Feature Listing: 1979 BMW 323i Baur TC1

When enthusiasts think of custom coachwork and Germany, one name usually springs to mind: Karmann. Most identifiable for their combination with Ghia’s designs for Volkswagen, Karmann produced not only their eponymous creation Karmann-Ghia in both Type 14 and Type 34 configuration, but also the Beetle convertible. Volkswagen’s association didn’t end there, though, as the first Rabbit Cabriolets, both versions of the original Scirocco and the later Corrado were all built by the firm. So, too, were some of the first Porsche 356, 911 and 912 models, along with the 914. BMW, too, turned to the firm for ‘Big Coupe’ production, from the 2000CS to the E24 6-series. But when it came time to take the top off of their small cars, BMW looked elsewhere.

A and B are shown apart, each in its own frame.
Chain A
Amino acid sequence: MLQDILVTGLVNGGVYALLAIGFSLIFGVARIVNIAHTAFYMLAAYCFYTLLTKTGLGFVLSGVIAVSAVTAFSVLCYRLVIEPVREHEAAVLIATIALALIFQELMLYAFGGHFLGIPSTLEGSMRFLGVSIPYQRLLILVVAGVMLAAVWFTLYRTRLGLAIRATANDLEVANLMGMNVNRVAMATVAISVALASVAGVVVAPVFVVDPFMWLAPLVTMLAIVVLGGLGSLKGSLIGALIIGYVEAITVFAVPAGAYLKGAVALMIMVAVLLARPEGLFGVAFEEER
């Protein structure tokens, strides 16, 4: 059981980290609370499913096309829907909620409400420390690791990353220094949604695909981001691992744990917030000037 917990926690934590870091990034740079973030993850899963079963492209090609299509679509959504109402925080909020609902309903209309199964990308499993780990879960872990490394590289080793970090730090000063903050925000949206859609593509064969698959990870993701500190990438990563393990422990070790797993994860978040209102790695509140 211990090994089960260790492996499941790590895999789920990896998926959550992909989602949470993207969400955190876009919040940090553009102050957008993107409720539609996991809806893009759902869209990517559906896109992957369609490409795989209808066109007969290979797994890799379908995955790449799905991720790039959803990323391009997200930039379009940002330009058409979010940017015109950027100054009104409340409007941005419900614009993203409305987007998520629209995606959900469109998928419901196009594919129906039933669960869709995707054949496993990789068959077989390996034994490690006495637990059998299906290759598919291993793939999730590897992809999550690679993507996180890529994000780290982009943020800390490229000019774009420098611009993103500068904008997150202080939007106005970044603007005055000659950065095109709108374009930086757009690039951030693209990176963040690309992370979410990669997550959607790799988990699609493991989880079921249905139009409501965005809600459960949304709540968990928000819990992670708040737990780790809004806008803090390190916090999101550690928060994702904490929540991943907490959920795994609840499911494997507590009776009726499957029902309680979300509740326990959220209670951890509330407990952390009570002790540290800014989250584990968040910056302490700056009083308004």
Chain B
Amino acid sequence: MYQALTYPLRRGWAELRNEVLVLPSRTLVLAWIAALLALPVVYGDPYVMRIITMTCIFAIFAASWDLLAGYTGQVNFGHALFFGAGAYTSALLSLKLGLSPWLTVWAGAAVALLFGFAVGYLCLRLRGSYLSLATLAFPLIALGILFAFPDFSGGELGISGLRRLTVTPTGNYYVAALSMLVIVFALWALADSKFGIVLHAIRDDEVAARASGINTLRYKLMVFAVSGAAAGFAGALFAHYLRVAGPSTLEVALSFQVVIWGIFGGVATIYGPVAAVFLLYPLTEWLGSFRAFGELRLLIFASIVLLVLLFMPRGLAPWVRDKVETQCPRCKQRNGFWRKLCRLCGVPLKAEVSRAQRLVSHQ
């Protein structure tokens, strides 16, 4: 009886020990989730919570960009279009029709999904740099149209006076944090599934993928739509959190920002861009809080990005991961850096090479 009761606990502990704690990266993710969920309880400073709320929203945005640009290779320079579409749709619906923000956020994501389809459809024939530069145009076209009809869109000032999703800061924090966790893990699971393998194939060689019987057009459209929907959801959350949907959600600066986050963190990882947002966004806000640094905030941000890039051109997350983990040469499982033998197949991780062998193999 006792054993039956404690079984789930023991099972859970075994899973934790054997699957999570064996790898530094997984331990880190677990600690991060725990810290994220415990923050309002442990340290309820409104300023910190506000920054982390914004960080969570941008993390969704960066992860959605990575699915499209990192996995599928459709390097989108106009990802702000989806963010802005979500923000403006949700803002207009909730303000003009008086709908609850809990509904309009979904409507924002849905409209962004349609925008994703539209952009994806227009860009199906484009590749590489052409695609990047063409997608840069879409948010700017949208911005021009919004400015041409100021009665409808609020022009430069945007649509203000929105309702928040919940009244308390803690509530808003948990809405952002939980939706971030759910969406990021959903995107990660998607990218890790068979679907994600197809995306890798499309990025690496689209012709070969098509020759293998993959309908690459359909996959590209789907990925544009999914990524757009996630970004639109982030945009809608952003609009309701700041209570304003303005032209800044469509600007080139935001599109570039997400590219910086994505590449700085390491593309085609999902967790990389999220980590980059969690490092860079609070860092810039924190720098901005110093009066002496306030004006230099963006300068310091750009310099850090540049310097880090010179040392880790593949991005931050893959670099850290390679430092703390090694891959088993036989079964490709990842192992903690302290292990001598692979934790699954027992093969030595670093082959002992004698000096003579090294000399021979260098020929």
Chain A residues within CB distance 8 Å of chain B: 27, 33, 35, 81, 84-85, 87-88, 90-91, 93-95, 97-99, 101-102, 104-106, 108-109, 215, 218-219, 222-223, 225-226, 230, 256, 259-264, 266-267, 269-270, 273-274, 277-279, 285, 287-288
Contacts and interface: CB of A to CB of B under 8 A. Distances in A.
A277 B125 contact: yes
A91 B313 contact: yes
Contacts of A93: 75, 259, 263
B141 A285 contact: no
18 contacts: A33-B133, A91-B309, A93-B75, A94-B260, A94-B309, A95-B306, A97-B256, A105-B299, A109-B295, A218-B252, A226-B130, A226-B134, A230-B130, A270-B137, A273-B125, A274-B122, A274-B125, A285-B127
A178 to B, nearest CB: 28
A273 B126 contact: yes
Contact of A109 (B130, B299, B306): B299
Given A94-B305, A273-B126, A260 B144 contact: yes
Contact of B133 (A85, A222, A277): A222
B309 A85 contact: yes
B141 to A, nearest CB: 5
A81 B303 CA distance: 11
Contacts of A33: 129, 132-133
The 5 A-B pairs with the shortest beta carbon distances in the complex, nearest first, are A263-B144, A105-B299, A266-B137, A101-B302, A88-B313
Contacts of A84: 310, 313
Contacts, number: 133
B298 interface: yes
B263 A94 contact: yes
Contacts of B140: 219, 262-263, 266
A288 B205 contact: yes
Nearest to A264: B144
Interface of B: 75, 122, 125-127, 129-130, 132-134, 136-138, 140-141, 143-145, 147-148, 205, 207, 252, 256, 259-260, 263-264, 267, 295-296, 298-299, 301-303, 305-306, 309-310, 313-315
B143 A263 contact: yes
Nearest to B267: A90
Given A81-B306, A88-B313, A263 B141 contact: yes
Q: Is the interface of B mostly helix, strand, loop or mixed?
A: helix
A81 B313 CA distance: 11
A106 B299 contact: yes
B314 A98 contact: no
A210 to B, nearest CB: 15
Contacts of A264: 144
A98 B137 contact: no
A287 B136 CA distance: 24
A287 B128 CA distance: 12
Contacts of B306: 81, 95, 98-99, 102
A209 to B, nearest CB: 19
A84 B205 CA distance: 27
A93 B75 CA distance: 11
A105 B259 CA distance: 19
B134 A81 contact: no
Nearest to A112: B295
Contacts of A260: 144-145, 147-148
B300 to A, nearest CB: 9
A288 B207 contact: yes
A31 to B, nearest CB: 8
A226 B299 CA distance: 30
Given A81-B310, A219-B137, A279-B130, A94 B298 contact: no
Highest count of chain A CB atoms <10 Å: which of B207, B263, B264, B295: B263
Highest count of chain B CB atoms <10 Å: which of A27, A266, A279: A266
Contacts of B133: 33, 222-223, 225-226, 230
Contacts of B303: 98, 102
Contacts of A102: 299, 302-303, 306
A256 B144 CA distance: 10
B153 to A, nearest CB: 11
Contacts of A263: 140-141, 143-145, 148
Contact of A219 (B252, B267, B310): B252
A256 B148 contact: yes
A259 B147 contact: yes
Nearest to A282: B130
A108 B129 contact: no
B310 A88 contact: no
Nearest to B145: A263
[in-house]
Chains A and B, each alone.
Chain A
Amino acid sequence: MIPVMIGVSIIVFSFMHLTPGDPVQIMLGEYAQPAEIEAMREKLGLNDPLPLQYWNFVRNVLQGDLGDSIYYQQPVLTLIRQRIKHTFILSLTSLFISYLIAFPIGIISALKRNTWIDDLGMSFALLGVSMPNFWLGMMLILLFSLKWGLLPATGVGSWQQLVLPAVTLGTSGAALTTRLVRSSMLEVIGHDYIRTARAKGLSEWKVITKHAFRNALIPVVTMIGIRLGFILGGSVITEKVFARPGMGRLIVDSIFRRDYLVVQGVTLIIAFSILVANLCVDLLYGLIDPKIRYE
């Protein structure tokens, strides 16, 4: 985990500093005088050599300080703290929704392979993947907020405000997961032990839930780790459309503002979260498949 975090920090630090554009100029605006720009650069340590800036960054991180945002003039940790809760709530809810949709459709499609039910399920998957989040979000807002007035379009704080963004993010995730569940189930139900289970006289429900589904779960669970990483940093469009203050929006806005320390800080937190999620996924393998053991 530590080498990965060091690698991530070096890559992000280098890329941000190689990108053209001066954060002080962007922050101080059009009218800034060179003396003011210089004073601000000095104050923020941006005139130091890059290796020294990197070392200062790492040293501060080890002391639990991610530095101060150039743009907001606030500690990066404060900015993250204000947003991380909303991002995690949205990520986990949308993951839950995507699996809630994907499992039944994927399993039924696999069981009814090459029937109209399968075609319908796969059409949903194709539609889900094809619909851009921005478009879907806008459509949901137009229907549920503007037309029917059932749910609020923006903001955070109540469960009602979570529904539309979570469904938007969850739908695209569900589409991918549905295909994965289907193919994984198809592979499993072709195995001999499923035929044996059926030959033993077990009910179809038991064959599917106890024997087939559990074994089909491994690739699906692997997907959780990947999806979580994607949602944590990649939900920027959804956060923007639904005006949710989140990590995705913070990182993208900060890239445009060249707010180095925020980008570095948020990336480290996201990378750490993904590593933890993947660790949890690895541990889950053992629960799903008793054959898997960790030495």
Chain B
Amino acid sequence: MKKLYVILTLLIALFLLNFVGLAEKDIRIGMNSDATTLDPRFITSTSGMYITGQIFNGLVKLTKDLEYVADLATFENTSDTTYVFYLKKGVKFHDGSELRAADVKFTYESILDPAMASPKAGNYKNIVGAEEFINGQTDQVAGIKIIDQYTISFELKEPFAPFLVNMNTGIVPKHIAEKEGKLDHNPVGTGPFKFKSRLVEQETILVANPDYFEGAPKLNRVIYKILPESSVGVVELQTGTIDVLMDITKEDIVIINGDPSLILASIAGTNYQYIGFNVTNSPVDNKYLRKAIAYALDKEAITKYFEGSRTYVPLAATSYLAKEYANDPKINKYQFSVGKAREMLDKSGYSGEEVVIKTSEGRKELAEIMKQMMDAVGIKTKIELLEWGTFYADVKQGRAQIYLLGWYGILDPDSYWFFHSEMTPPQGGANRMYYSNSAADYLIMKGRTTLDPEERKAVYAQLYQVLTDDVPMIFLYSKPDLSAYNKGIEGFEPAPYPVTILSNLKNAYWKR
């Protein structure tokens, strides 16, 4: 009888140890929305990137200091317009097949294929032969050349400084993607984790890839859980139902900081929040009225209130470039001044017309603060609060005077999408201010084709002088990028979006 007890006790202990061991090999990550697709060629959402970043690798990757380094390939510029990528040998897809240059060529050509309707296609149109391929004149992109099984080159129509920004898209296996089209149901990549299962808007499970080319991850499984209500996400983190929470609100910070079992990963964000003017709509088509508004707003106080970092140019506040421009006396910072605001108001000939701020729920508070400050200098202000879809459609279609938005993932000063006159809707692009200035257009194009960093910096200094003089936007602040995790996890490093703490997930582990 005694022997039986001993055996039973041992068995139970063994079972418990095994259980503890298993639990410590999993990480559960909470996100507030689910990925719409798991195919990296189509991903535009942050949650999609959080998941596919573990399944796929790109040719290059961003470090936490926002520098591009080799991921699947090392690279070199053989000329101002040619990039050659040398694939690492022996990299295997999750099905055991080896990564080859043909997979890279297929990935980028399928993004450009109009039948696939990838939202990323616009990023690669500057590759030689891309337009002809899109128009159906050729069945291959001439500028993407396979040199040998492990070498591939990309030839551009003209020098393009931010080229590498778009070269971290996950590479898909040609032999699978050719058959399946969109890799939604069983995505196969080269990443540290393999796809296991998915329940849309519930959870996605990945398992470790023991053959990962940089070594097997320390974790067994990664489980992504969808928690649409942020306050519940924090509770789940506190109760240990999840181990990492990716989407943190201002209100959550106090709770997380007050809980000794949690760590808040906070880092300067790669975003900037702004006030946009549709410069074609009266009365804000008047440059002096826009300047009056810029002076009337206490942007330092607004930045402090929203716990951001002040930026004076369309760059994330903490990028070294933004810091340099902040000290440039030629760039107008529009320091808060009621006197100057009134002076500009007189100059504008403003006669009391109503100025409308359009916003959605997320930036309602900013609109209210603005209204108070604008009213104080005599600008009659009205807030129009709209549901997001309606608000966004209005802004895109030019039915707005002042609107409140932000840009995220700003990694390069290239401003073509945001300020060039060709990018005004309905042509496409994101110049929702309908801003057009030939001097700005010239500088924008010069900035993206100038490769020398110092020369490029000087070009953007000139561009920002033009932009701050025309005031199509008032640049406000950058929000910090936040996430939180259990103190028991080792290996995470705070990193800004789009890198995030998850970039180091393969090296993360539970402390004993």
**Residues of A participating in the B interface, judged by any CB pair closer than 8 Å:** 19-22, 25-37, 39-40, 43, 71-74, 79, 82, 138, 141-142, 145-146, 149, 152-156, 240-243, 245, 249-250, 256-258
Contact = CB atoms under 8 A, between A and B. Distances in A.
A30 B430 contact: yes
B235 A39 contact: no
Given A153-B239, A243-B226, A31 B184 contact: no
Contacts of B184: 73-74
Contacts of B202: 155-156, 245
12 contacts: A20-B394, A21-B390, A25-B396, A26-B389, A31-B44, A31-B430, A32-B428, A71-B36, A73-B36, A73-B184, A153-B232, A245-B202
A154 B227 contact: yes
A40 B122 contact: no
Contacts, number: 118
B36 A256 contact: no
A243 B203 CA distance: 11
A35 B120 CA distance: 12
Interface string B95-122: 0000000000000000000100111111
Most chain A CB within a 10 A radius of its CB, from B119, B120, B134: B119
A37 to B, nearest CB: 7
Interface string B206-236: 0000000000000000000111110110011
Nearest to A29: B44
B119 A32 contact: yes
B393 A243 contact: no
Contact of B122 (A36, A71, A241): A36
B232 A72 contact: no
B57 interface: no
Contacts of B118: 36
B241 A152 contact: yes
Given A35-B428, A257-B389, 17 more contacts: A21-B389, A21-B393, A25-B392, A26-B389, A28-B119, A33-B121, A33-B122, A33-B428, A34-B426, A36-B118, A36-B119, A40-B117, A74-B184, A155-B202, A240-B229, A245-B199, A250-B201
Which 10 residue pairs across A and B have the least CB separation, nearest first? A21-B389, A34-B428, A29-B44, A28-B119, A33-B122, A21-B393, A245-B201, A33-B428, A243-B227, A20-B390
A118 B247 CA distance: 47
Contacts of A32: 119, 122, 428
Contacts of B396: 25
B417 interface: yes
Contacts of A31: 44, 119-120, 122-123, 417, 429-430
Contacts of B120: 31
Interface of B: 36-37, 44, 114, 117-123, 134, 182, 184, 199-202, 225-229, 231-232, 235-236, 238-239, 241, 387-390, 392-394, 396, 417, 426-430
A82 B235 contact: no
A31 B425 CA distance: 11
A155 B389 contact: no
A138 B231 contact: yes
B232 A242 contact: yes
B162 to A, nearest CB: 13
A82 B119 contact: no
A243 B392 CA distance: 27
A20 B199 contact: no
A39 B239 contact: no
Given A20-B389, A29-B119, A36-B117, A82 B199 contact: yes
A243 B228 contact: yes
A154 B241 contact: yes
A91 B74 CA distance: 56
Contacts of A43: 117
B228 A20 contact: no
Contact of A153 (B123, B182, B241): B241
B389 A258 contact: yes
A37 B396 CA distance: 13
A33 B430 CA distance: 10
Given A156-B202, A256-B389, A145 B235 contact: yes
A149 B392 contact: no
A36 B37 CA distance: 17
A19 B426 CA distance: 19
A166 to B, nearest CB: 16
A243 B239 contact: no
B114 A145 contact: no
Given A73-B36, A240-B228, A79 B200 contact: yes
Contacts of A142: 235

From Osnabrück BMW headed into the heart of the enemy’s home to Stuttgart, where Karosserie Baur was located. Baur was the company that BMW turned to when plans with Lamborghini to produce the supercar M1 fell through. Baur would later be the home that the infamous Group B Sport Quattro and Porsche 959 were produced in. In short, Baur was responsible for some of the most significant designs in German motoring and has plenty of expertise in factory-quality experience. It should come as no surprise, then, that they were the company that BMW selected to produce the first 3-series convertibles.